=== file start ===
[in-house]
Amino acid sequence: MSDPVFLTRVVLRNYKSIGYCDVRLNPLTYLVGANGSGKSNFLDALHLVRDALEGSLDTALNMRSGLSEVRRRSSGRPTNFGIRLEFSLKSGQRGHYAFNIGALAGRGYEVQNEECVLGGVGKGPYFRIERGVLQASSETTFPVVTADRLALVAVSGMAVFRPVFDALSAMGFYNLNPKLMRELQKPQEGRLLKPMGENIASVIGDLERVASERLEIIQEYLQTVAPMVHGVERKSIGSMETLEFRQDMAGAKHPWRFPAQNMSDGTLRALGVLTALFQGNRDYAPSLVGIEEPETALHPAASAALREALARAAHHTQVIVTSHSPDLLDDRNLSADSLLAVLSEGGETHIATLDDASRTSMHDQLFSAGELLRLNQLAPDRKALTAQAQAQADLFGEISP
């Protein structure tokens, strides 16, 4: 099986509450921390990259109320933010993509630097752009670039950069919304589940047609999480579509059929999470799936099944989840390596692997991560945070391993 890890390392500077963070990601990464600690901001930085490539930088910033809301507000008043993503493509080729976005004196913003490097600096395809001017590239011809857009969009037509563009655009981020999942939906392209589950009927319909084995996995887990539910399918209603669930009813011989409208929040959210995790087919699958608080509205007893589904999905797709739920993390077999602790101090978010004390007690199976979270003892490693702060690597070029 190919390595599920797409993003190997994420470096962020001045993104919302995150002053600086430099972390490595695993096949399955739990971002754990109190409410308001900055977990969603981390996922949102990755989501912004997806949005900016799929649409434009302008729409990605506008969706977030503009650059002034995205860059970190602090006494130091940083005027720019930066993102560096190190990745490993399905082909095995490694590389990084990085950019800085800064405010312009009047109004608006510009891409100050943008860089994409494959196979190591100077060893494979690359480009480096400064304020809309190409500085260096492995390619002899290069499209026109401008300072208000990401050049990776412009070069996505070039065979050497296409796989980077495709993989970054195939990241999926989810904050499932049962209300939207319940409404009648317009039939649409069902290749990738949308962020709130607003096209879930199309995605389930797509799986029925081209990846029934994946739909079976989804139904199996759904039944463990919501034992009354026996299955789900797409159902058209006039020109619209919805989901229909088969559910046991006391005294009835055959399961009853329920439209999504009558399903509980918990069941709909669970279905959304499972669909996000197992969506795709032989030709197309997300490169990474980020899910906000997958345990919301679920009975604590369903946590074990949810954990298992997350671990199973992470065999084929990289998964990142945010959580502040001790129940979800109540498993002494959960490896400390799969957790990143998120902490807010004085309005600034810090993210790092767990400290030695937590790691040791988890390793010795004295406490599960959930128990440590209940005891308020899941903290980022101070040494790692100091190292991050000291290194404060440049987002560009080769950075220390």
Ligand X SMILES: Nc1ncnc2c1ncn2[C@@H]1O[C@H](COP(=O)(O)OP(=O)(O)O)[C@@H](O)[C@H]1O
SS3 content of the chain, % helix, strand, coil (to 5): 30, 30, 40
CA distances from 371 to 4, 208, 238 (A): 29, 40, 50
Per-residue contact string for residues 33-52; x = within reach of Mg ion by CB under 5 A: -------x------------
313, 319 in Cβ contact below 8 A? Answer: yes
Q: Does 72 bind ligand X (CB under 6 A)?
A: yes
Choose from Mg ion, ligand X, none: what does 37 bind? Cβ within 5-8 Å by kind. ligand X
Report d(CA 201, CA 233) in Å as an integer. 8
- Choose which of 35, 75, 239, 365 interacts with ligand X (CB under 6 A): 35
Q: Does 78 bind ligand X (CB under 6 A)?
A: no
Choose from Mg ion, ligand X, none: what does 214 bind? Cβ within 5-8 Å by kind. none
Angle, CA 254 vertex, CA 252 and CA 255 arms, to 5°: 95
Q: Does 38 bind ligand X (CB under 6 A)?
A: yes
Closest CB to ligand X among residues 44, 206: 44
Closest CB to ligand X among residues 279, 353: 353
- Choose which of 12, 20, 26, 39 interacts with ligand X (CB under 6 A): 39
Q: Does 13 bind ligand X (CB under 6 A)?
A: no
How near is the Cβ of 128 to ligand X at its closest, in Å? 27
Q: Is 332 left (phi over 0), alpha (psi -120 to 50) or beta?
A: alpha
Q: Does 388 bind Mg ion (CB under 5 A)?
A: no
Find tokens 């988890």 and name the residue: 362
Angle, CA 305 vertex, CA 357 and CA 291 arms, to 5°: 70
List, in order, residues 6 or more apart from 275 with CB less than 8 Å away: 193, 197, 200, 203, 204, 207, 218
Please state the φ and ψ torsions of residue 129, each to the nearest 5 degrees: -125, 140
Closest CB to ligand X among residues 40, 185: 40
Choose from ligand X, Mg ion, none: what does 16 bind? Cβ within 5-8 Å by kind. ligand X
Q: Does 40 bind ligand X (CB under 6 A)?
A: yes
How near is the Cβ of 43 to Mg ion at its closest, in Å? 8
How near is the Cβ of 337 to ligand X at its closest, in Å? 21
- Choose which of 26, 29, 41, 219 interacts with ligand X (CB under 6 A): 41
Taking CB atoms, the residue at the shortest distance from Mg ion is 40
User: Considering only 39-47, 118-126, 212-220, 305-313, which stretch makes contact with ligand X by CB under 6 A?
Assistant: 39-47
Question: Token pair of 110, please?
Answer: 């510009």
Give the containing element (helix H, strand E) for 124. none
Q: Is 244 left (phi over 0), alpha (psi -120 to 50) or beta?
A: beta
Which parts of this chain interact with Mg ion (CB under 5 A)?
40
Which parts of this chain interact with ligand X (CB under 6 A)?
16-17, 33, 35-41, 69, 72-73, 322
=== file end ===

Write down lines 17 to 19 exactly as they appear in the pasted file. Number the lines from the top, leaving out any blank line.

Angle, CA 254 vertex, CA 252 and CA 255 arms, to 5°: 95
Q: Does 38 bind ligand X (CB under 6 A)?
A: yes